There was once a belief that if Western settlers tilled the soil, it led to more rain, i.e., “rain follows the plow.”
That was in large part false causation, because some of the plowing was done during wet climate periods.
One could almost rephrase that Charles Dana Wilber quote in the context of the Trinity Site economic development discussion:
God speed the developer … By this wonderful provision, which is man’s mastery over the economy, the malls are dispensing copious commerce … (the mall) is the instrument that separates poverty from plenty; and converts a desert into an economically sustainable community … To be more concise, Money follows the Mall.
For a different opinion:
“Los Alamos is not, nor can it ever be, Urban. The wannbe urbanization of Los Alamos will only result in Los Alamos as an Urban Wannabe Failure.” Richard Hannemann
No doubt it should be apparent that I have a few misgivings about the Trinity Place lease plan, which basically involves putting another shopping mall in Los Alamos.
- Los Alamos and White Rock have an abundance of empty, underutilized, or downright ugly storefronts surrounded by vast seas of asphalt. Poor land use planning has led to dispersion rather than compact development. Central Avenue has more parking lot asphalt than storefront and many of the businesses are downright eyesores. Can we demonstrate we can get it right with existing development before we drop another sea of asphalt (see planned layout below) farther on the edge of town and create yet more conflicting traffic patterns?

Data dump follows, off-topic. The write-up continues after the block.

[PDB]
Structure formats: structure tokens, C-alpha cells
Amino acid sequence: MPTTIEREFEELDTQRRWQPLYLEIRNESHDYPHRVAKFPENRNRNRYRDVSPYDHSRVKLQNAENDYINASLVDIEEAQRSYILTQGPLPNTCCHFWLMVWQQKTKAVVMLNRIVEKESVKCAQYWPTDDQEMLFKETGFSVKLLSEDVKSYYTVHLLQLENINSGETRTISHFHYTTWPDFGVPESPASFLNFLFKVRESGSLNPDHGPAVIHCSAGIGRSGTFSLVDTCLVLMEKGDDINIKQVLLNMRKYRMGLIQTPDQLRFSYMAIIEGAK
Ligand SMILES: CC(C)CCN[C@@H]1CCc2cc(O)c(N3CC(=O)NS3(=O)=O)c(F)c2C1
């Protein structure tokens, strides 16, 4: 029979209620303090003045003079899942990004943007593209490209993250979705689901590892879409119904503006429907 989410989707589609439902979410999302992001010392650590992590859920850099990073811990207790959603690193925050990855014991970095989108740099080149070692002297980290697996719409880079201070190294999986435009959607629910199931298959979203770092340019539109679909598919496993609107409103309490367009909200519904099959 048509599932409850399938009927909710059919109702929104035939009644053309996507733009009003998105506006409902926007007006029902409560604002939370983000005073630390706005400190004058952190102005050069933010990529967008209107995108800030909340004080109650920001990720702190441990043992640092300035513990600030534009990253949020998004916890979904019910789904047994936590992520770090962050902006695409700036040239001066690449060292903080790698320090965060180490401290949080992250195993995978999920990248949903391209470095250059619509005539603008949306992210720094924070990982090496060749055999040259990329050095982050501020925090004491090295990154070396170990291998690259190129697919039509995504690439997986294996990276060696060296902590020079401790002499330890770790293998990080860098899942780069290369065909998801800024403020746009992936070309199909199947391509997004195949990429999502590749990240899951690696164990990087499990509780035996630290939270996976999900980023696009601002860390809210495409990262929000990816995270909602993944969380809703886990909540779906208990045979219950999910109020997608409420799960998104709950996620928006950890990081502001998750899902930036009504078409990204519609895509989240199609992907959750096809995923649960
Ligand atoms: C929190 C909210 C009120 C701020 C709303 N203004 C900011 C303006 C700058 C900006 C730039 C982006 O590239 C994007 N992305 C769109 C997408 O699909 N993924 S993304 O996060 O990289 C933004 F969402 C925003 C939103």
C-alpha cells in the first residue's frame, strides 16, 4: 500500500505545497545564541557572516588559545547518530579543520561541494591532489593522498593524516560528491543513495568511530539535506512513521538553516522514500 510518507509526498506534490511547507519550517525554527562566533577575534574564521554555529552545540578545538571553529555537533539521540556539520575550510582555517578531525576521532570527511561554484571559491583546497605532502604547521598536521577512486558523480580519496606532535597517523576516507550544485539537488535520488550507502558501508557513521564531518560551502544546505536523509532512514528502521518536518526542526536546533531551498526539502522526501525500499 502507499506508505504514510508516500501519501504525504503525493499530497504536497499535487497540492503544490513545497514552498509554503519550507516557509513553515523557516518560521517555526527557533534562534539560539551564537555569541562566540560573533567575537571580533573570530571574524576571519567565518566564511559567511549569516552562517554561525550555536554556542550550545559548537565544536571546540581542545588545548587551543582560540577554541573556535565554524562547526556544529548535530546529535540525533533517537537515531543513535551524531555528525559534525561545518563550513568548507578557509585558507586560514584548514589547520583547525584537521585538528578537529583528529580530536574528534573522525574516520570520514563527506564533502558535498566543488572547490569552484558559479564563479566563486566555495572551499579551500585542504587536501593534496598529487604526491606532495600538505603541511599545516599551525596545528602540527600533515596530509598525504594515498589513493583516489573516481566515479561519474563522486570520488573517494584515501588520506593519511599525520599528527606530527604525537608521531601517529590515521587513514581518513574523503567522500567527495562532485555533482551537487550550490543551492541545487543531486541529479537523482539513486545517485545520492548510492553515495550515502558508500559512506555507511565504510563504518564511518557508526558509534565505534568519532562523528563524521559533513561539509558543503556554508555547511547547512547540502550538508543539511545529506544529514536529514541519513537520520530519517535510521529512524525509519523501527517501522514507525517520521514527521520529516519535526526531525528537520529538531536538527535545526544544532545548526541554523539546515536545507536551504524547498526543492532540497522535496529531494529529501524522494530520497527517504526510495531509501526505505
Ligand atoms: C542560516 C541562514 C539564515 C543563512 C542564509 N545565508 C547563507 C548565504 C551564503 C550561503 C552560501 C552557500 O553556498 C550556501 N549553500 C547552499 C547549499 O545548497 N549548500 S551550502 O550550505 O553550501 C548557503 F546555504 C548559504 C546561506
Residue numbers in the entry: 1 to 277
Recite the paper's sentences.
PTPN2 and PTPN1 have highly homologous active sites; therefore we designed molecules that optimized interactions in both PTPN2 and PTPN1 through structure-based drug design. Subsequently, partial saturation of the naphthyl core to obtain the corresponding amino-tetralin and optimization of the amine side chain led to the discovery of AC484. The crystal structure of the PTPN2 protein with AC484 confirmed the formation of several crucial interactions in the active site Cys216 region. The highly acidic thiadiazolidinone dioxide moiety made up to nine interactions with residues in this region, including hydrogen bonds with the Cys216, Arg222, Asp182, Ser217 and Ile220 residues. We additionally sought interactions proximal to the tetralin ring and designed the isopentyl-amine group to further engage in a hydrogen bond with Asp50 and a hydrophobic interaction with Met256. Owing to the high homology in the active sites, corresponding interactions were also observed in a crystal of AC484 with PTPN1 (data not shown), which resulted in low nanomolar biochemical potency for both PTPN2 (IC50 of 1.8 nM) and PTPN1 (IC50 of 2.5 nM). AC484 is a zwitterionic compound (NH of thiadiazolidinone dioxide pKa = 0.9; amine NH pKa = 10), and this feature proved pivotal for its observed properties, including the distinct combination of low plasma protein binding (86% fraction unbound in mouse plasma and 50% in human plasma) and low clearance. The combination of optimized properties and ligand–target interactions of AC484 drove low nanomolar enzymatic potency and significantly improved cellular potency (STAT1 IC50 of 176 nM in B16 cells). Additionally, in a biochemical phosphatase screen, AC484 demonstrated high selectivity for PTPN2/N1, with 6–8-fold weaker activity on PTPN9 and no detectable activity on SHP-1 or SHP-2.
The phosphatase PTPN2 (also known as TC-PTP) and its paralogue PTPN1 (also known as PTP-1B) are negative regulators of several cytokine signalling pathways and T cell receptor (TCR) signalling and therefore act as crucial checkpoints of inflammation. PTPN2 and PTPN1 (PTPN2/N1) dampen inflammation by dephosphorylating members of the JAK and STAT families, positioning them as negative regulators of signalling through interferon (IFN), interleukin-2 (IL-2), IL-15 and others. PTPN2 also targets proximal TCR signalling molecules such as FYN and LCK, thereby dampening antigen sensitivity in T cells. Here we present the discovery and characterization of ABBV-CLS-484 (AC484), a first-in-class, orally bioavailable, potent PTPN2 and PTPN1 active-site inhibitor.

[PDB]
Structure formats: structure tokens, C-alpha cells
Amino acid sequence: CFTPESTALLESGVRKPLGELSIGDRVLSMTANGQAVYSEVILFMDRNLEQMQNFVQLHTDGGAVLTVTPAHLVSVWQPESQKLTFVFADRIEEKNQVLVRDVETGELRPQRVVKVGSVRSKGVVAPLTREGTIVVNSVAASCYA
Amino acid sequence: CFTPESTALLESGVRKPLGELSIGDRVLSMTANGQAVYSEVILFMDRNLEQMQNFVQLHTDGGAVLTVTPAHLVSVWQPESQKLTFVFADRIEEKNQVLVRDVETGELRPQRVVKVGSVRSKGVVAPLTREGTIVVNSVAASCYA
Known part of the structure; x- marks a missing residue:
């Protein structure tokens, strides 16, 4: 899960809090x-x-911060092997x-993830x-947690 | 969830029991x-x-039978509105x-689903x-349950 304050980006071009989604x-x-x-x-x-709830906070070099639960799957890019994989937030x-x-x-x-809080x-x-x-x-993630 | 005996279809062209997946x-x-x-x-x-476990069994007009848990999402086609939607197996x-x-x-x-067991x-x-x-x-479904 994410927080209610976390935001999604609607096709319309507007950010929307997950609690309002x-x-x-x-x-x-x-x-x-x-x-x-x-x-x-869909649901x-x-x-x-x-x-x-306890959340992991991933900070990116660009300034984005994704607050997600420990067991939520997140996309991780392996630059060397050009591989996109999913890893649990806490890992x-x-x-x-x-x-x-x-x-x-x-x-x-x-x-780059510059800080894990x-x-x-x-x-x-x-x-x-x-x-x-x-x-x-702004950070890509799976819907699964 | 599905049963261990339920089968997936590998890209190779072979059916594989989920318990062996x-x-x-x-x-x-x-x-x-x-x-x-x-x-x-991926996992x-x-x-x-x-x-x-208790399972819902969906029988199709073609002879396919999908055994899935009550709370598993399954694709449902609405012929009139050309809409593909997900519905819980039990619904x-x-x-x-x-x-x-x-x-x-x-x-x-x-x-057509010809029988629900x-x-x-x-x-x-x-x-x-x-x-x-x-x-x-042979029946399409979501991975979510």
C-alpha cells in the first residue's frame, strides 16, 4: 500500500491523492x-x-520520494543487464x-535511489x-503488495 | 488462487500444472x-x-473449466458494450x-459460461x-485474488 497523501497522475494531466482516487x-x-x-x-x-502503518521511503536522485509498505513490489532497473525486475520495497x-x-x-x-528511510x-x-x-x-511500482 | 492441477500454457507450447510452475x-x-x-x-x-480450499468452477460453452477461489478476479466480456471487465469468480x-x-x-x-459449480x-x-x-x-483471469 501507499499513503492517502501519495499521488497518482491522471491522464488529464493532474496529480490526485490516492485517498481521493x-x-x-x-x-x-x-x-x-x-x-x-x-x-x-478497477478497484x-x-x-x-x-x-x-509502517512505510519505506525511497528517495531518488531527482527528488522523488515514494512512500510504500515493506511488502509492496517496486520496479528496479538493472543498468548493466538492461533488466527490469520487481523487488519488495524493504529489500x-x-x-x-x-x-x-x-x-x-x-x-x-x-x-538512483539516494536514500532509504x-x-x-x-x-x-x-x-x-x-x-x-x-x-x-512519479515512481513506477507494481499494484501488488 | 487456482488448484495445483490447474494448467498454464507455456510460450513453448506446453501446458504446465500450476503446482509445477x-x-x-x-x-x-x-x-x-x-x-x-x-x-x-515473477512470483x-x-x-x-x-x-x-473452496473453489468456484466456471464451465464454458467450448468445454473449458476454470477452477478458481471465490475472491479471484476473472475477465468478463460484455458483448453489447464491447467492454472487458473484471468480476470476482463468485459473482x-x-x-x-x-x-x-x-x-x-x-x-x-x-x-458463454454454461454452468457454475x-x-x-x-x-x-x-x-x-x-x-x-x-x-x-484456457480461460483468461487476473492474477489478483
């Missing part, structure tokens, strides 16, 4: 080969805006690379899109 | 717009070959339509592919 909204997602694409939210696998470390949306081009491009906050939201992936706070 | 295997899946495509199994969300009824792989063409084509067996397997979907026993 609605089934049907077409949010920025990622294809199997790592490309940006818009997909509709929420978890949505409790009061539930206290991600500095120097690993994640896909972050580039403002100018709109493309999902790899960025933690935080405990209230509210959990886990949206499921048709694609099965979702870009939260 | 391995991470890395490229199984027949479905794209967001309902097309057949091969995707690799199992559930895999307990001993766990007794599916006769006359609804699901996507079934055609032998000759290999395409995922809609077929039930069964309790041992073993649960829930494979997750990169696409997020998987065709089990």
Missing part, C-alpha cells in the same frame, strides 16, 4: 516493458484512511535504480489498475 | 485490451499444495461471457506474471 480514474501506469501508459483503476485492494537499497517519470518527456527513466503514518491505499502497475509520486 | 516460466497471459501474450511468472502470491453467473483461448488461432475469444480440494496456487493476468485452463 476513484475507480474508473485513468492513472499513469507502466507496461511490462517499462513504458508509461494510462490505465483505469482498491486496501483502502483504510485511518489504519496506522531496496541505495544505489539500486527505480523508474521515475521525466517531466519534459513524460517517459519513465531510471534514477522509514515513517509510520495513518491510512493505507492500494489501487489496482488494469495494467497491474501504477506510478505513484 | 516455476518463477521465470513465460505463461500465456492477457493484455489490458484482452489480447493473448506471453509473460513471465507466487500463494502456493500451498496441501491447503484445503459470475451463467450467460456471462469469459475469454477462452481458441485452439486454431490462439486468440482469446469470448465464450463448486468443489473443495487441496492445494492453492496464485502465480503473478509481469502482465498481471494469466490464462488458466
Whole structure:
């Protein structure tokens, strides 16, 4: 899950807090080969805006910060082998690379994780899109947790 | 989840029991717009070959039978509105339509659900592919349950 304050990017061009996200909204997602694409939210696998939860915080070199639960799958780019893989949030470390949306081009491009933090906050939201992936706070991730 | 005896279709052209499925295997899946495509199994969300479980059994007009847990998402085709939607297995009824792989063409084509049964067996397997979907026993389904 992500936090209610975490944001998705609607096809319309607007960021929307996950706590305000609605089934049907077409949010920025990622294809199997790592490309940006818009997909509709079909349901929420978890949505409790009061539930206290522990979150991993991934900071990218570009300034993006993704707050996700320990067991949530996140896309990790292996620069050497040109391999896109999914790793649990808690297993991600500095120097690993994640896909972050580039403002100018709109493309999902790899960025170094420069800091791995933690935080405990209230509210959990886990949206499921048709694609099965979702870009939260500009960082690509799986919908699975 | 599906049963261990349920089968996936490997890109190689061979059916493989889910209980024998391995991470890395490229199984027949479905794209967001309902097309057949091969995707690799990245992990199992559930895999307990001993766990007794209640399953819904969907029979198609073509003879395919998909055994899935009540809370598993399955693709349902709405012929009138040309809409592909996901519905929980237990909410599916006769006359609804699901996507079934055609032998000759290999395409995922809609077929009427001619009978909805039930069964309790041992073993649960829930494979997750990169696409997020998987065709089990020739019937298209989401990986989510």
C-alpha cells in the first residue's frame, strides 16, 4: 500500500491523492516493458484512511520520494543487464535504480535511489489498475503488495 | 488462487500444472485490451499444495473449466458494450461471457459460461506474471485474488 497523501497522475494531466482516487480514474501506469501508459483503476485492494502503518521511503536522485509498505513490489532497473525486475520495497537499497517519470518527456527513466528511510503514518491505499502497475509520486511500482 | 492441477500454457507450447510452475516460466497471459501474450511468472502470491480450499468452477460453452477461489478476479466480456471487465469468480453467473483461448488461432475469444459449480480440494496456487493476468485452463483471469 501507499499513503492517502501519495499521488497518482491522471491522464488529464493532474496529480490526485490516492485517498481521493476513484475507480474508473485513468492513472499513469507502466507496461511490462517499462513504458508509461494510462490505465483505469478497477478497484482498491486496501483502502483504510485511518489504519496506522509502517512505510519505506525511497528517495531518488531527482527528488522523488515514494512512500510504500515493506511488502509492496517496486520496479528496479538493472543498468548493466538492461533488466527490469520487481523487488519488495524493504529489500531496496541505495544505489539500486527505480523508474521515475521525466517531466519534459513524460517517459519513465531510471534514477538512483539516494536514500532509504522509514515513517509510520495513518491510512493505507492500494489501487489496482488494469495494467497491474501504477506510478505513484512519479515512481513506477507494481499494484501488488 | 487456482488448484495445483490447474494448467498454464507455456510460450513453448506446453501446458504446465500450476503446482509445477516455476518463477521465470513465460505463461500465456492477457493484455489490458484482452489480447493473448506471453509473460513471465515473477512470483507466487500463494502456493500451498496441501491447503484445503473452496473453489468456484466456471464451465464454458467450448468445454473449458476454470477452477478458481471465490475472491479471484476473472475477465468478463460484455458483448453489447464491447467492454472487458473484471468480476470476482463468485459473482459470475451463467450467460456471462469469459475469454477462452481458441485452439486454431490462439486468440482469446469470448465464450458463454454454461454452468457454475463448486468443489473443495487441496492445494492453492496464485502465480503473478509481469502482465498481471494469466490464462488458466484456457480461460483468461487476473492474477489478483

- One of the assumptions of the site development is that Los Alamos must have what amounts to a “critical mass” of shopping to keep people on the Hill with their dollars. How does one determine a critical amount of shopping? Are the investors suddenly rushing in? Will I still have to go off the Hill for #6 coffee filters?
- People live here to be close to work and to enjoy the beautiful mountains and canyons and, frankly, make enough money (on Average) to live far from shopping. They can afford to drive to places like Santa Fe, where shopping is rich. Short of gas rising to ten bucks a gallon, how will Trinity Site change such habits? What stores and behaviors will keep us on the Hill on Saturday?
- Nothing against Smith’s/Krogers, but do we want a government-blessed Smith’s/Kroger’s monopoly on both sides of Trinity Drive? Furthermore, what will that do to small businesses not receiving Kroger’s largesse at Trinity? What will become of Mari-Mac? Will it dissipate, leaving residents another eyesore that can’t generate tax revenue for the county or provide shopping diversity for our residents?